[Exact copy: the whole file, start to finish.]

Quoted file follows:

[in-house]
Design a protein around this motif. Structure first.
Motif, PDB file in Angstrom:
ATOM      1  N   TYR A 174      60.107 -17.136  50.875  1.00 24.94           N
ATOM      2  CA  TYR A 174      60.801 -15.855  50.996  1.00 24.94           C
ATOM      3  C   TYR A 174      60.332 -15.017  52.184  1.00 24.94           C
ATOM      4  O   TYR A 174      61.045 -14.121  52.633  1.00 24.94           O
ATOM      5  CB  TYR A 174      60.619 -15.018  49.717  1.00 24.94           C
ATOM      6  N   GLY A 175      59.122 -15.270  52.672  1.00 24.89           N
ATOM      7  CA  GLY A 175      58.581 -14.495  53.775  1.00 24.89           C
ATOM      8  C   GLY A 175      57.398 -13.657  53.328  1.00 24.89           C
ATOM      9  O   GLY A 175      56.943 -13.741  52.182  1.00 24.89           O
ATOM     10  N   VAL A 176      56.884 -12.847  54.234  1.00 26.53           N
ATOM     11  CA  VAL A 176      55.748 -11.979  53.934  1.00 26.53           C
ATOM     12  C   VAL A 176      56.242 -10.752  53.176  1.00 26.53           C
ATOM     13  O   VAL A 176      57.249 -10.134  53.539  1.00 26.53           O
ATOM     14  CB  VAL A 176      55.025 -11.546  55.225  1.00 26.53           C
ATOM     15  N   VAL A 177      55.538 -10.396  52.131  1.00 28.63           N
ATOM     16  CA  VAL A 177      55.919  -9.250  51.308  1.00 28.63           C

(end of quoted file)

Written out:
[in-house]
Design a protein around this motif. Structure first.
Motif, PDB file in Angstrom:
ATOM      1  N   TYR A 174      60.107 -17.136  50.875  1.00 24.94           N
ATOM      2  CA  TYR A 174      60.801 -15.855  50.996  1.00 24.94           C
ATOM      3  C   TYR A 174      60.332 -15.017  52.184  1.00 24.94           C
ATOM      4  O   TYR A 174      61.045 -14.121  52.633  1.00 24.94           O
ATOM      5  CB  TYR A 174      60.619 -15.018  49.717  1.00 24.94           C
ATOM      6  N   GLY A 175      59.122 -15.270  52.672  1.00 24.89           N
ATOM      7  CA  GLY A 175      58.581 -14.495  53.775  1.00 24.89           C
ATOM      8  C   GLY A 175      57.398 -13.657  53.328  1.00 24.89           C
ATOM      9  O   GLY A 175      56.943 -13.741  52.182  1.00 24.89           O
ATOM     10  N   VAL A 176      56.884 -12.847  54.234  1.00 26.53           N
ATOM     11  CA  VAL A 176      55.748 -11.979  53.934  1.00 26.53           C
ATOM     12  C   VAL A 176      56.242 -10.752  53.176  1.00 26.53           C
ATOM     13  O   VAL A 176      57.249 -10.134  53.539  1.00 26.53           O
ATOM     14  CB  VAL A 176      55.025 -11.546  55.225  1.00 26.53           C
ATOM     15  N   VAL A 177      55.538 -10.396  52.131  1.00 28.63           N
ATOM     16  CA  VAL A 177      55.919  -9.250  51.308  1.00 28.63           C